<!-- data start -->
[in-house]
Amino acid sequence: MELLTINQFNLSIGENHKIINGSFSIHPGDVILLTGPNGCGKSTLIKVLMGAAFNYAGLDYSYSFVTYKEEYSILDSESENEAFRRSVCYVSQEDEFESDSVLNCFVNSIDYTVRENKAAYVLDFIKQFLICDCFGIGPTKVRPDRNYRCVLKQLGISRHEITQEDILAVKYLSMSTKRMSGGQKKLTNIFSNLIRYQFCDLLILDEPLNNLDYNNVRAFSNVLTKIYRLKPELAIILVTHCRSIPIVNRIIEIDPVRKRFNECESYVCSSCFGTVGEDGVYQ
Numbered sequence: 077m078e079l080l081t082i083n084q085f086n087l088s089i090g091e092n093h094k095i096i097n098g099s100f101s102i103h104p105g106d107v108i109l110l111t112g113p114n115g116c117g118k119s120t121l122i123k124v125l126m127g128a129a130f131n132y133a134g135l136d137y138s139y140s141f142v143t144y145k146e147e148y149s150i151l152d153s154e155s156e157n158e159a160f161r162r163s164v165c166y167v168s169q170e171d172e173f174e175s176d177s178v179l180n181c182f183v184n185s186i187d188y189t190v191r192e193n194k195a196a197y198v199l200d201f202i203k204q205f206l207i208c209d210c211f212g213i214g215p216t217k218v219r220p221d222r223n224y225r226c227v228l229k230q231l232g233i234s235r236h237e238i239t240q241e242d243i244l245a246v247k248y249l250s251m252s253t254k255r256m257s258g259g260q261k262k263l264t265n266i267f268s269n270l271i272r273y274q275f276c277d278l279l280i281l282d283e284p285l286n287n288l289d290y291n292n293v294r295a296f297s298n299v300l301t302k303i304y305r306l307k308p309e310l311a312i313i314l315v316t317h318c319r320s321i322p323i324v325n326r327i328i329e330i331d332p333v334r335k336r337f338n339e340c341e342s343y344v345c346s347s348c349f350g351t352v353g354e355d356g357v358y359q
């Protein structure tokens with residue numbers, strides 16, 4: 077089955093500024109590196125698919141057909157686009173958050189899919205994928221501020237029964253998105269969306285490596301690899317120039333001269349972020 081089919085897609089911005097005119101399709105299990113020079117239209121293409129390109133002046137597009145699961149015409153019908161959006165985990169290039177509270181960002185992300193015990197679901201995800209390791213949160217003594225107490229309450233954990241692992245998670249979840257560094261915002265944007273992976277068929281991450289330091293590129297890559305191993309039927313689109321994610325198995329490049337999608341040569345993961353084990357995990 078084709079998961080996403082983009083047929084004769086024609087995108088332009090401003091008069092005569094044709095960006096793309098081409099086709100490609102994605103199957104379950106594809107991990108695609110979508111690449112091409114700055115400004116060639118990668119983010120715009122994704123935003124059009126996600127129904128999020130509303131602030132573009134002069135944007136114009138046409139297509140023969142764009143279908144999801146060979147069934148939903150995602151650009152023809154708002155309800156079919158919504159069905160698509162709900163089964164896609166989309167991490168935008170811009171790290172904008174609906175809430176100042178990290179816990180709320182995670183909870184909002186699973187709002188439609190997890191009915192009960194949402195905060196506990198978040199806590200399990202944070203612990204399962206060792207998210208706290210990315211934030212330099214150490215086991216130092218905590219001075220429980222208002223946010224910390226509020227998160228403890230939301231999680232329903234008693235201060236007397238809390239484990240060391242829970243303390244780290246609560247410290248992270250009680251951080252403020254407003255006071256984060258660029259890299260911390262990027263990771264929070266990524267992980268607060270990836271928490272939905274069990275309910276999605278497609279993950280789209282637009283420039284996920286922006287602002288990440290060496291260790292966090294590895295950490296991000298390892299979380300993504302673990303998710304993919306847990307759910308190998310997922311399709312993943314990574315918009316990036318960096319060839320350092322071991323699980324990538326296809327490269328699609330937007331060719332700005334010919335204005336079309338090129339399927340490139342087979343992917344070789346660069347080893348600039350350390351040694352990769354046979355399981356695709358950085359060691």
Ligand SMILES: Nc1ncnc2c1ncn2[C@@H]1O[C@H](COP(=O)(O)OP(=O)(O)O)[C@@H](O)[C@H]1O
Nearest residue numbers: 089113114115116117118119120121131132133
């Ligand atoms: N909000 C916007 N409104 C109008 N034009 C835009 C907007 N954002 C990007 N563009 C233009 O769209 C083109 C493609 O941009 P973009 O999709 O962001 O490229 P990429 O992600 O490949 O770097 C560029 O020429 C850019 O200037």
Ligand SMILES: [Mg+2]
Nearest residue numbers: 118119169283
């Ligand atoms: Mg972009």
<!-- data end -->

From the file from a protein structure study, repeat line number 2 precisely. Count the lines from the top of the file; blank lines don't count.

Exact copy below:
Amino acid sequence: MELLTINQFNLSIGENHKIINGSFSIHPGDVILLTGPNGCGKSTLIKVLMGAAFNYAGLDYSYSFVTYKEEYSILDSESENEAFRRSVCYVSQEDEFESDSVLNCFVNSIDYTVRENKAAYVLDFIKQFLICDCFGIGPTKVRPDRNYRCVLKQLGISRHEITQEDILAVKYLSMSTKRMSGGQKKLTNIFSNLIRYQFCDLLILDEPLNNLDYNNVRAFSNVLTKIYRLKPELAIILVTHCRSIPIVNRIIEIDPVRKRFNECESYVCSSCFGTVGEDGVYQ